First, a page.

Saturday, December 5, 2009

Christmas Pain


Sandy knew that he was late. Traffic had been crazy that Friday afternoon, but he had had to pick up some hardware for Wilf if the bleachers were going to be finished for Sunday. Kids' concert required some props, and Wilf was just the guy for the job.

Sandy had known him for years and had overseen much of his work on job-sites. He was about eight years Sandy's junior, but looked almost the same age. Things had been rough the last five years, throughout his wife's bout with cancer, and afterward. He had not found it possible to return to church without Melanie. They had been such a close couple since third year high school dating. Regrettably, no children, but Melanie had found her progeny in decades of school children and Sunday School children.

True to form, Wilf had all the planks, brackets and casters in place by the time Sandy arrived. Time was always very valuable to this man, and Sandy could recall many a day of inclement weather when Wilf had managed still to prove himself productive on a building site. This job would probably take about eight hours over the two remaining days. Wilf had already painted a couple of convincing backdrop panels suitable for the pageant theme. He had done this so often with Melanie's classes.

"What will it be this season, Wilf? A flight to South Carolina again and a week of golf?

"Nope, no plane this time. They are getting too expensive. But I have thought about driving. I'll just see what the weather looks like by mid-week and then decide. There are a couple of buddies down there who will be up for the links for sure."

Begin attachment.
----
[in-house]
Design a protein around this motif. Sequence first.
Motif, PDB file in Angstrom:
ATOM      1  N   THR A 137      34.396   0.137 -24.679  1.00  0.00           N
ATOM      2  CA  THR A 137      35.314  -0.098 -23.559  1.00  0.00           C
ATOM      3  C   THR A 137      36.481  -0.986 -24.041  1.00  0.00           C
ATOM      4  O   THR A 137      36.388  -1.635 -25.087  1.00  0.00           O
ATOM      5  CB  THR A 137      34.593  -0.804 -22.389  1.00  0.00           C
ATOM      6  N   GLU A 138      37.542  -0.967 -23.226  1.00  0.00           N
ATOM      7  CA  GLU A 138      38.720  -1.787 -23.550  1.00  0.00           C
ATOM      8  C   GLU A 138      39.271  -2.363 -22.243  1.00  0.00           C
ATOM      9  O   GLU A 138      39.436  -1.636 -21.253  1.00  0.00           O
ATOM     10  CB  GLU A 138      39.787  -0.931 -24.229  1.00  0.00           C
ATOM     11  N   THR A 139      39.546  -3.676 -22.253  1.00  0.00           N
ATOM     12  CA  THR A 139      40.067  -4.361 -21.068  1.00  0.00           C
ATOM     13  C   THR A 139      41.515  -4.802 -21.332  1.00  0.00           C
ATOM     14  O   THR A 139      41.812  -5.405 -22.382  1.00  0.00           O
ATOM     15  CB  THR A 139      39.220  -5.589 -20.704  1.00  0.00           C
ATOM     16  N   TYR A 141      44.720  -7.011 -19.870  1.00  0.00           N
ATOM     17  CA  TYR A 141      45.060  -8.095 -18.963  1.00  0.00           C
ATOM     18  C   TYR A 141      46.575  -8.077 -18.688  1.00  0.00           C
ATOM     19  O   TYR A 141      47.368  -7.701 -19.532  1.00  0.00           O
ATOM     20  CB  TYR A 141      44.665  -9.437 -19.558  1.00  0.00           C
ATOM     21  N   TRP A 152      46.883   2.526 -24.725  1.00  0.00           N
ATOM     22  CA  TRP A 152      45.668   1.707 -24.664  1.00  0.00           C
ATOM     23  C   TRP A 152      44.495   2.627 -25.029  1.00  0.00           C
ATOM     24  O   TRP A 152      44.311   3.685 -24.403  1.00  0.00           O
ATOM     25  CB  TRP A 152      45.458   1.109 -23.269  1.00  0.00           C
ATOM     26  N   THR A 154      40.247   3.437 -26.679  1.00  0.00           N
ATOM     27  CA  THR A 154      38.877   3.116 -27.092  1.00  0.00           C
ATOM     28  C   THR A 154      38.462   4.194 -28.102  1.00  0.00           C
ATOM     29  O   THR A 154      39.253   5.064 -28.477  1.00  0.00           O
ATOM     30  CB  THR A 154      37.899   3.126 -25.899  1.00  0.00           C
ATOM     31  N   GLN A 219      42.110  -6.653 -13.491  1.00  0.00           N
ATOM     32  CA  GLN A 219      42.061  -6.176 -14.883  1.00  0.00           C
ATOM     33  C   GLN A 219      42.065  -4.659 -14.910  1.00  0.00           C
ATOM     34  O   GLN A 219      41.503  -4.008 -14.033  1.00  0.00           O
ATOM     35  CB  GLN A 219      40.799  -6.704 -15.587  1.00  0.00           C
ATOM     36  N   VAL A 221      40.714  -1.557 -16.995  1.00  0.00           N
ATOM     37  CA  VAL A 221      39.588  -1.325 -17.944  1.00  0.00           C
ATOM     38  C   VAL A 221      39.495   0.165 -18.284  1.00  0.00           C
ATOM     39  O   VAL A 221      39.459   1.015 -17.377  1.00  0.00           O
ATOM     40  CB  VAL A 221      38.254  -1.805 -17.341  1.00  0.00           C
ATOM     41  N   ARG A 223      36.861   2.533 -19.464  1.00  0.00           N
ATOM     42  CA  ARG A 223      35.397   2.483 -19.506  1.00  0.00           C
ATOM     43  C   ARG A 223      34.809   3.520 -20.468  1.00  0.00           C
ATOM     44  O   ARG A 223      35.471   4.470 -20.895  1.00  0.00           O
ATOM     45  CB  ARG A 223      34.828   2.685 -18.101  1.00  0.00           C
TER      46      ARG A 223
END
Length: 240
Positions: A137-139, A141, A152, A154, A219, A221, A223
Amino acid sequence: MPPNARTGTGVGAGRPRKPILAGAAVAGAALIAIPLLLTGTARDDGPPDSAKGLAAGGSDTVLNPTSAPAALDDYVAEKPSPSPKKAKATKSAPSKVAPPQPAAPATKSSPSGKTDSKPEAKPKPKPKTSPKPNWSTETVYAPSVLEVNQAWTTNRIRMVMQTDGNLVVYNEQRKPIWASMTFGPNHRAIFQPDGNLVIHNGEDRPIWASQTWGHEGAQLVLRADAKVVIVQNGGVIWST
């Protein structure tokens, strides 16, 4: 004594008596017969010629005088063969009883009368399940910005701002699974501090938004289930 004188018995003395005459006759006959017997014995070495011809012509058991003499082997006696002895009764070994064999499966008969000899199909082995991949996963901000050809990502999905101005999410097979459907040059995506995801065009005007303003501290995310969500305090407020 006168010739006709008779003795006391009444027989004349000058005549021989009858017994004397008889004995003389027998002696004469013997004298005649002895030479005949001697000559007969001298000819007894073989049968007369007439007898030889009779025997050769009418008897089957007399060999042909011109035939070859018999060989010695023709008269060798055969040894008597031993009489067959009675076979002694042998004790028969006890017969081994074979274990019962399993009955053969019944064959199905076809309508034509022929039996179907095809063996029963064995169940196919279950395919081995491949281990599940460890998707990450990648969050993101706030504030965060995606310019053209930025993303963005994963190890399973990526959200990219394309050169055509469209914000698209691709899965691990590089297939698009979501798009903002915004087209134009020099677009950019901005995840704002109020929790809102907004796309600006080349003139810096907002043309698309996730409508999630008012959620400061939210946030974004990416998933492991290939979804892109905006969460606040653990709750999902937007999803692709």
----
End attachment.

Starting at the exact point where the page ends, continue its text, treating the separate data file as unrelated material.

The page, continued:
The two men remained silent for a couple of moments, but clearly their thoughts were on the joyful Christmas seasons which Wilf and Melanie had hosted in their home. It was gone now and replaced by a cheerless bachelor apartment.

"Buddy, you know that you would be welcome to share Christmas dinner with us. The girls will be coming with their families. It would do you good."

"Just let me think about it for a day or two, would you? Things now are just...different."

Thus ended the perennial episode. Courteous offer. Courteous response. But nothing would come of it.

With the team-work and timing which had made the two respected professionals in construction for so many years, these friends worked wonders over the next few hours.

One could hear over the banging of hammers and buzz of cordless drills, a radio somewhere, playing "God Rest Ye Merry Gentlemen".

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